Female author – male voice?

As the longlist of what is for this year The Women’s Prize for Fiction (previously The Orange Prize) has been published, Natasha Walter, a member of the judging panel, has been quoted as saying that she was struck by how many female writers were now writing from a male viewpoint.  “I’m not trying to make some big generalisation out of it … but if you think back to Virginia Woolf saying that her ideal for women writers is that they shouldn’t be seen as women, they should be able to be androgynous. Well, maybe we are getting more towards that.” (The Guardian, 13 March 2013)

Maybe we are. Getting androgynous and Woolf-like. Or maybe we are so used to reading literary fiction in a male voice that we are subconsciously – and even consciously – writing from that perspective too. There has been such an increase in female authors receiving prestigious literary prizes lately that some have even suggested to get rid of specifically female prizes such as The Orange Prize. Is it possible that the reason for such an increase is that women have been writing more and more with male voices?

I do it too. I tend to write more naturally as a man. I find it simpler – there is less complicated stuff going on with male viewpoints, less self-questioning about genre, less wondering whether writing a particular story as a woman would place it into the ‘women’s writing’ or ‘chick-lit’ category. Less chance of being accused of self-indulgence and being too female. As if being female is some sinful thing that we should all pretend to not possess and instead discuss the issues that bother us with our girl friends. Besides, most of my favourite books were written from a male perspective – it only feels natural that if you write in the literary genre, you would be tempted to write as a man.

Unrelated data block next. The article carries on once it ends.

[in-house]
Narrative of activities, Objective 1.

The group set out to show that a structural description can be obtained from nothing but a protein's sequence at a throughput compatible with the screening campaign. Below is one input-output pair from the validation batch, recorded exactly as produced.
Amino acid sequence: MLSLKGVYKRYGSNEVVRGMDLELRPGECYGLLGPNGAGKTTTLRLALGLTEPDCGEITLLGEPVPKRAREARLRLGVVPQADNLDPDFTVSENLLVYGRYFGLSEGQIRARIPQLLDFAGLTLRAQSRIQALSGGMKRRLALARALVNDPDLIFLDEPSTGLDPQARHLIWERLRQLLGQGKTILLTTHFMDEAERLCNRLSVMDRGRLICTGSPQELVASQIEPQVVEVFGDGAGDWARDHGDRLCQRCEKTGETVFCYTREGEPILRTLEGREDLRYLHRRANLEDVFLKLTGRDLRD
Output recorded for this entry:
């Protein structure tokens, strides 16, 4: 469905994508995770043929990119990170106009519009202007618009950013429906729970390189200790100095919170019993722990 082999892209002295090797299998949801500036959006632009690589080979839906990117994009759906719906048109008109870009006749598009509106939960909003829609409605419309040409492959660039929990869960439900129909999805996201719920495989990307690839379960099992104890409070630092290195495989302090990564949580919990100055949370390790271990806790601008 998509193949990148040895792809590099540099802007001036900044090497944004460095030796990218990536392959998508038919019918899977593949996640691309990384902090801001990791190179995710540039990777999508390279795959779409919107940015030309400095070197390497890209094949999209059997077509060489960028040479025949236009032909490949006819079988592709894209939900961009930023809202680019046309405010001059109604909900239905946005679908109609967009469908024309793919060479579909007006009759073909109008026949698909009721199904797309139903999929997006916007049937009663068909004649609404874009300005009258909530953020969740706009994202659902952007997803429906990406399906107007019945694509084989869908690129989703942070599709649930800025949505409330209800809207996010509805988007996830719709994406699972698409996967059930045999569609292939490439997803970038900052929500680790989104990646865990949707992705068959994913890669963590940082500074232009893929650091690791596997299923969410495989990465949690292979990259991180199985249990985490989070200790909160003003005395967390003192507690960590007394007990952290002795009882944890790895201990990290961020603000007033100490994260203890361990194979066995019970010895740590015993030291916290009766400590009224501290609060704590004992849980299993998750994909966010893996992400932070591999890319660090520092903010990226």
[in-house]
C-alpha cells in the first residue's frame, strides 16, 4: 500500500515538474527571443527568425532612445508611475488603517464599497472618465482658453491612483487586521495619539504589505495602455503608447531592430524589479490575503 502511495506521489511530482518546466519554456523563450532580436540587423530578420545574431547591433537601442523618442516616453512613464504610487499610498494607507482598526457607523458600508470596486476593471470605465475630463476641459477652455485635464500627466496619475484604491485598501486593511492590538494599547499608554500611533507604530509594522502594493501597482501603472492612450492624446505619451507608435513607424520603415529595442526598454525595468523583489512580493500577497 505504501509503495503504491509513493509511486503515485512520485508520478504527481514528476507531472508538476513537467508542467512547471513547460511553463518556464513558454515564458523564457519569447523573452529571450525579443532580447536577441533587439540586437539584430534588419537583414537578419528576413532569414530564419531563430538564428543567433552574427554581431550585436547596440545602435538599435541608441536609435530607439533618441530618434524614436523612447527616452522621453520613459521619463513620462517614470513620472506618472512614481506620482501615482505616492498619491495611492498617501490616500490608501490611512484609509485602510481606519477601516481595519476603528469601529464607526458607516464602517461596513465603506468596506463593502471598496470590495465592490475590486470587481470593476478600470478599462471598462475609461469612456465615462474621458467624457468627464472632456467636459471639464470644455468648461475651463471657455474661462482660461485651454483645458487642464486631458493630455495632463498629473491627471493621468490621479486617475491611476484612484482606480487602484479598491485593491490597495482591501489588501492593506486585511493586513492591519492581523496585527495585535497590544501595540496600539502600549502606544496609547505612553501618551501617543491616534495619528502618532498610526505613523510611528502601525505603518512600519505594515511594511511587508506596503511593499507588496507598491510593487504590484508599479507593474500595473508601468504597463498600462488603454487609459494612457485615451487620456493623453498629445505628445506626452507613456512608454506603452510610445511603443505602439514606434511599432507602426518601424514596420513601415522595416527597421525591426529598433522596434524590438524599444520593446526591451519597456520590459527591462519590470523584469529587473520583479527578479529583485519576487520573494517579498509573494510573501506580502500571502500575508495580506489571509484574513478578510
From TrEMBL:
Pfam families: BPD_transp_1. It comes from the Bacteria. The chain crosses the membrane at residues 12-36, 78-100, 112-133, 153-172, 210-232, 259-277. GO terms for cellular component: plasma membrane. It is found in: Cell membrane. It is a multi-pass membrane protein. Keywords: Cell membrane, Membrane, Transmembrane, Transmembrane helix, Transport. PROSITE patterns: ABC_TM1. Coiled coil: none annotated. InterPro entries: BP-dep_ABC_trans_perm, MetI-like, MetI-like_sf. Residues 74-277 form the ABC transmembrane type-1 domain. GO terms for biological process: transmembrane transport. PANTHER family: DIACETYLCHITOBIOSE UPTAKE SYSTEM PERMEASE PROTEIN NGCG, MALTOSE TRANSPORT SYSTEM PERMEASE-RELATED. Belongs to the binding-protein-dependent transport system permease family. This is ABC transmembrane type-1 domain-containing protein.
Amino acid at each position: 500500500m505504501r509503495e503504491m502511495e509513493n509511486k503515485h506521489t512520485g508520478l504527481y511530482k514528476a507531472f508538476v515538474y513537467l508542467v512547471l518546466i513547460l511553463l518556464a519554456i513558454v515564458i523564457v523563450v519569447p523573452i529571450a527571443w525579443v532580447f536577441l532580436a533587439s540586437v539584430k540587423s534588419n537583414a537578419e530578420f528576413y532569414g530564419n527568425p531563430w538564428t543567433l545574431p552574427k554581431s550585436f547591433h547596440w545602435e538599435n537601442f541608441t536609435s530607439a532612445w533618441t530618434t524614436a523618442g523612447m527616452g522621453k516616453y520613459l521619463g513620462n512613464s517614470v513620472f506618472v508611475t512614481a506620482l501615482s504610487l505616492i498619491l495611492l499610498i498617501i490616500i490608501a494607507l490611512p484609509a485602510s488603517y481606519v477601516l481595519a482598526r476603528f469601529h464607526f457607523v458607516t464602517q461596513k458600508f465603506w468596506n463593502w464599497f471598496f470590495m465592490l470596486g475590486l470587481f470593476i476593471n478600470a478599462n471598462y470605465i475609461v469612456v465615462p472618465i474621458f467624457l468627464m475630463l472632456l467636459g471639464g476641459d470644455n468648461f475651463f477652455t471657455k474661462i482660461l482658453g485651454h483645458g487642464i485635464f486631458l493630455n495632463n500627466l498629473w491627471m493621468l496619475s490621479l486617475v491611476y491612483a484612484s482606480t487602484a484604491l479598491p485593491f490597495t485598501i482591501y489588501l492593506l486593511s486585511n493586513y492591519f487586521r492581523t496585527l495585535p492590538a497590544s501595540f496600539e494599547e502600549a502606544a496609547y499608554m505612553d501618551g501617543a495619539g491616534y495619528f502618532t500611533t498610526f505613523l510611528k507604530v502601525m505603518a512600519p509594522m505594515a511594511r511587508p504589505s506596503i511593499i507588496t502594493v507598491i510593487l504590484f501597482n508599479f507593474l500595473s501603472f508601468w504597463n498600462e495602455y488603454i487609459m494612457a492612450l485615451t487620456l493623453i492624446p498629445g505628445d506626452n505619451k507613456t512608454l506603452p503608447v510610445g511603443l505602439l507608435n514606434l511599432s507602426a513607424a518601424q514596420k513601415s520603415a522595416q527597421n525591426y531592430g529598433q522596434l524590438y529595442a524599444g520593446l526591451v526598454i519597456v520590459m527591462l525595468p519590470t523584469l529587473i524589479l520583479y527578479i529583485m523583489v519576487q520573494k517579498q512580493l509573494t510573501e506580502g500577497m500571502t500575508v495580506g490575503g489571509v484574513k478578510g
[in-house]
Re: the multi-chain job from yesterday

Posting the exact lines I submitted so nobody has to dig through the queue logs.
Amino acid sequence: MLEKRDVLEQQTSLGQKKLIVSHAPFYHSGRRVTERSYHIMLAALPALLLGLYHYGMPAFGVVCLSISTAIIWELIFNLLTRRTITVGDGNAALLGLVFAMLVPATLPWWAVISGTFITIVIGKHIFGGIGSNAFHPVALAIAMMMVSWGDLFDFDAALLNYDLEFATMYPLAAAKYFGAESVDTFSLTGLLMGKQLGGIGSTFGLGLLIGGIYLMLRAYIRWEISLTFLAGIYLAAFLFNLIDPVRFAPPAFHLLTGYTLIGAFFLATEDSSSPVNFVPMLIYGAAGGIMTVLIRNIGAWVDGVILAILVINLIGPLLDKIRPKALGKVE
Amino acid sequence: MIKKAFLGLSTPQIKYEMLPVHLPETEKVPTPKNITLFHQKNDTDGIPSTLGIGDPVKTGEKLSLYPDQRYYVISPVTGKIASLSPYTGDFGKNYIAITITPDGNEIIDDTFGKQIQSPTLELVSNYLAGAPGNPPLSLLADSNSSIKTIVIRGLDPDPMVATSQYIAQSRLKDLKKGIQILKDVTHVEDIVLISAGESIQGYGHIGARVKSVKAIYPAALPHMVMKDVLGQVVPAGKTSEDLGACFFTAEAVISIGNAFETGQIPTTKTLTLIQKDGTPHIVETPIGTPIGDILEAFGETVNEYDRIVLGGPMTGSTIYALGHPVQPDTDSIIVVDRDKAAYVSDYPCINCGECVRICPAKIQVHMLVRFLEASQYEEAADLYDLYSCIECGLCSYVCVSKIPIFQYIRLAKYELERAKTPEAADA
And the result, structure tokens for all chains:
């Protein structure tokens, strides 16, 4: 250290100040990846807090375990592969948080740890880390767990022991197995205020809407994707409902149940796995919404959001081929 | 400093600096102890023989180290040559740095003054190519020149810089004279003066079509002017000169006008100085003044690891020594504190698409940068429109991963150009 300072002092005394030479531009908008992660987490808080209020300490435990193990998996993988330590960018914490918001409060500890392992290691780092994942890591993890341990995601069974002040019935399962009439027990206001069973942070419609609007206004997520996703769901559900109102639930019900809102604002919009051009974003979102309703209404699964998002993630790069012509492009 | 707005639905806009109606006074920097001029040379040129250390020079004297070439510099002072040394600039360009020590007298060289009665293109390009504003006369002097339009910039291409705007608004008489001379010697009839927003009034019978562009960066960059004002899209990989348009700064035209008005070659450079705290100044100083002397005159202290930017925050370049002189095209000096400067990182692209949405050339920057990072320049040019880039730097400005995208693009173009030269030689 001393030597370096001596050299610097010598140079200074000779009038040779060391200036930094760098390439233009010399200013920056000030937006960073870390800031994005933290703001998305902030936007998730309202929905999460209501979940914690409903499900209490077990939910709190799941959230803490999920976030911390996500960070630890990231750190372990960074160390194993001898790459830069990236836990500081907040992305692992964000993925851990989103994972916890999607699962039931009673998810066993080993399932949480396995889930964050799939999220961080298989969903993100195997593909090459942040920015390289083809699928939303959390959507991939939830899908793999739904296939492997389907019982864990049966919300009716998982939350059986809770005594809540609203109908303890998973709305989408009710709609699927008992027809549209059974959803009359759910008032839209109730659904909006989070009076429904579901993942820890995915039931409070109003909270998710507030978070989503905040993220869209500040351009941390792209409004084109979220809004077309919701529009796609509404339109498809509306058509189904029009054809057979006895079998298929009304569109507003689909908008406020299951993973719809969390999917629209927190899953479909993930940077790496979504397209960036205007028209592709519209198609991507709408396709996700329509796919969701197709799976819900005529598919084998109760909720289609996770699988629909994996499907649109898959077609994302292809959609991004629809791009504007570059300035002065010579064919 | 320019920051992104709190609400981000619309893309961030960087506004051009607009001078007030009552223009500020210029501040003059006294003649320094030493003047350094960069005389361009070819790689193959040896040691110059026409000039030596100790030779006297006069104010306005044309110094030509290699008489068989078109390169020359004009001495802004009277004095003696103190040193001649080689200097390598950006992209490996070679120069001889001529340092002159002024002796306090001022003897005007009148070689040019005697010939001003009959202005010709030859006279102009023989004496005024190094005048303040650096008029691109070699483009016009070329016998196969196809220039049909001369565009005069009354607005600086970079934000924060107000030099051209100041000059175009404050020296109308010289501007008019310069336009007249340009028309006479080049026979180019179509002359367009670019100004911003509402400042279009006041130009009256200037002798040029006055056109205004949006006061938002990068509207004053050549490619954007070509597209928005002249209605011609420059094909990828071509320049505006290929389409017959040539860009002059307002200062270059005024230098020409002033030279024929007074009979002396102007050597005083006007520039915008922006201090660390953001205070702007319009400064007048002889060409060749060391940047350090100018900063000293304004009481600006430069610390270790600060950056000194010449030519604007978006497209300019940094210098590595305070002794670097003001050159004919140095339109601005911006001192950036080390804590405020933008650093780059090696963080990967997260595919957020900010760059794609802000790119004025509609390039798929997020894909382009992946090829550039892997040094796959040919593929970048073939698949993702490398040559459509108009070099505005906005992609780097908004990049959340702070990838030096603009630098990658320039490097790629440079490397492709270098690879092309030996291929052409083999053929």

I don’t know what’s worse – a possible co-relation between female writers getting more prizes and having a male protagonist, or us noticing that they do it in the first place. Androgynous does not mean male, nor does it mean women taking on a male identity (which is what happens when you write from a male perspective).

The issue is that we are still dominated by the ‘men do important things while women do unimportant, women stuff’ mentality. You may argue that there are many books exploring women characters doing ‘important men’s things’ but that’s exactly the problem. We are still under the wrong impression that men go out and have adventures, whilst women – unless they assume a more male identity and go have adventures too – have a boring life that will only interest other women. And that those manly adventures are what is important. We still accept for some strange reason that when a male protagonist explores such issues as love, loss, death or family, it is literary and credible, and when a female protagonist does the same – it’s chick-lit. What’s even more puzzling is that women make up the majority of the readers, and yet the majority of literary fiction is written in a man’s voice.

Writing from male perspective is a free choice and I am all for freedom. Chances are, I’ll do it myself half the time. My concern is whether instead of hiding our female identity under a male nom-de-plume, we are now hiding it under a male viewpoint. We are being coy – look, we are saying, we are female writers and we are being recognised for our work, and we can write as men if we like. But the question remains  – would we be still as recognised if we wrote from a female viewpoint?


Author: Maia Nikitina

Writer, reviewer, blogger.

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